Yes, I lost my tenure.  But I knew that I wouldn’t want to work for any district that didn’t grant me tenure.  What I really gave up was my sick days, but only in the short run.  It was worth it.

Next week I will blog on how to get the job you want.

 

 

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ON LIBRARIES – Culture Conscious

How would you describe your school’s culture?  If you have never thought about it, now’s the time to start.  The school (and district) culture influence everything from your budget requests to the willingness of teachers to collaborate with you and administrators to support you.

I have written in the past of two very different cultures in districts where I worked.  At the first, education was regarded as being like medicine.  You don’t like it, but you have to take it.  The twenty budgets that were defeated in the twenty-two years I was there was an obvious indicator.  The district depended heavily on teachers’ commitment to helping their students since there was never an extra payment or support for what they did.  I knew one world language teacher who taught four different sections including having an AP Spanish class within Spanish IV.

The other district saw itself as a leader in education with a diverse, multi-cultural student population.  The culture reflected pride in what they were doing and bringing to students and, by extension, the community. The Wall of Fame saluted graduates who had made major contributions.  It included authors, government officials, and those in noted businesses

While these districts could not be more dissimilar, I could get funding for projects in either place by working with the culture.  In the first district, I always presented my requests by stressing how this would save money in the long run, using as a theme, “the library gives you the biggest bang for your buck.”  I even had one teacher tell her department chair they didn’t need new textbooks, “as long as Hilda’s library was up-to-date.”

In the second district, my proposals were always tied in some way to why it would keep us in the forefront of education. Knowing how strongly the administrators felt about moving to block scheduling, I put in a request for extra funding to purchase support material for the faculty.  I noted that many teachers were opposed to the change because they couldn’t see how they were to get through their curriculum within the structure of a longer period and alternating semesters, (e.g. Spanish I in the fall of 9th grade and Spanish II in the fall of 10th grade).  The extra resources I was proposing would give them the information they needed to continue to be great teachers and show that the district was there to support them.

On a daily basis, the school culture affects you differently.  My two districts had radically diverse cultures, both had teachers strongly committed to serving the students.  To have teachers collaborate with me, I had to convince them that what I taught would help their students be more successful. The English teachers in one district relied on me to teach each grade the research process for term papers because it ensured every student had received the same background information and experience.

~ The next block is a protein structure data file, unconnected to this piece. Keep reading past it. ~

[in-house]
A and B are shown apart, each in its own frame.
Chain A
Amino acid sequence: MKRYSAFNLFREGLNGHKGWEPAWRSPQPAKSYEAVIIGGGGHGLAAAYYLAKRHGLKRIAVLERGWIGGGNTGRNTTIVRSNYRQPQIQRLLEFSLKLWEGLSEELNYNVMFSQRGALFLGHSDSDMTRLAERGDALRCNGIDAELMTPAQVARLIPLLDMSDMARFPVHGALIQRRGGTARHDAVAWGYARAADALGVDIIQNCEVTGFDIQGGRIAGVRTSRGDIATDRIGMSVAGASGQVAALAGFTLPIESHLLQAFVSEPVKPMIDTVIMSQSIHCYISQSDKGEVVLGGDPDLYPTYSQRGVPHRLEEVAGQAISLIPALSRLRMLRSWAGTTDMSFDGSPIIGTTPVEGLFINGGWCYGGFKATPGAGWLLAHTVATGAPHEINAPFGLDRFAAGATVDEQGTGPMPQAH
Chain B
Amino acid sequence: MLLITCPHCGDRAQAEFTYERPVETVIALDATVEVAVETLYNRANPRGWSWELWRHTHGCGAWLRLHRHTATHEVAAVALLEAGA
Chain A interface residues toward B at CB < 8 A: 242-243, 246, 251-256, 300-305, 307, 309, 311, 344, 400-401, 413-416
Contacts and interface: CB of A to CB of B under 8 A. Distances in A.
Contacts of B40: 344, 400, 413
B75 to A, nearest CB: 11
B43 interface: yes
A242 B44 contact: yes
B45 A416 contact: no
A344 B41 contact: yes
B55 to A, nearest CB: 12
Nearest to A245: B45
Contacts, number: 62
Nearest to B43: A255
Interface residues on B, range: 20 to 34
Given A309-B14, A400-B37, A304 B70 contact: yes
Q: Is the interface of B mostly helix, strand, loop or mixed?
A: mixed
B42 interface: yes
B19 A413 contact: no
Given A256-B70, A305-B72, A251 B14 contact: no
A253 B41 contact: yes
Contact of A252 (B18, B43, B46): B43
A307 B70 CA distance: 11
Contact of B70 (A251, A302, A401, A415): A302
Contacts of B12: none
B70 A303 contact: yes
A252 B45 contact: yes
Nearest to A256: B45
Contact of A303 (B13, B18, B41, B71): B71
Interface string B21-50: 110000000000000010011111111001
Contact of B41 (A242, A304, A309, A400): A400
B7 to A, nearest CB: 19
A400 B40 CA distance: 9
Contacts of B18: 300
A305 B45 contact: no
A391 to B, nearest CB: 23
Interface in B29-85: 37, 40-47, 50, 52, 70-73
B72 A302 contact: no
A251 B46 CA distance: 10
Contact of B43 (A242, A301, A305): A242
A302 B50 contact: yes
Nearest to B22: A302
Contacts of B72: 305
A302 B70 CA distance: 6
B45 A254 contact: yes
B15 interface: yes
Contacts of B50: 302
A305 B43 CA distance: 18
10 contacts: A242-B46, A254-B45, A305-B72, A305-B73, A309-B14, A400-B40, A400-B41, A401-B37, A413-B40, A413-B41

I had a co-librarian in one district who teachers rightly felt didn’t like the students.  When they brought their classes to the library, if I was already scheduled to work with another class, they taught their students themselves.  That situation is an example of how we can also negatively affect the culture around us.

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In an article primarily directed towards administrators on “5 Ways to Impact School Culture,” Dr. Amy Fast offers suggestions that work well for school librarians.  The first is “Assume Best Intent.”  So, if you send a teacher a resource for his/her students and there is no response, don’t assume you are being ignored “because the teachers don’t appreciate what I do.”  Things get lost in cyberspace.  Either send it again with a message saying, “I don’t know if you received this when I sent it out,” or speak to the teacher in person, which is probably best, and find out what the situation really is.

Her second recommendation is, “Surround Yourself with Greatness,” because “you are the average of the five people you spend the most time with.”  That can be a scary thought.  Work hard to connect and get into relationship with the teachers who are recognized as “stars.”  As they create units with you, the others will follow, and your school library culture will thrive.

“Elicit Feedback” is her third way. I discussed this in my blog on “The Power and Importance of Feedback.” The fourth idea is to “Know Your Sphere of Influence.” Too often we think all the power – and leadership—comes from a title.  You can, in fact, lead from the middle- or the bottom.  In my Weight Watcher program, I have been keeping up enthusiasm which was crushed when the leader we adored was fired. I lead from my seat – and it is recognized by the other members.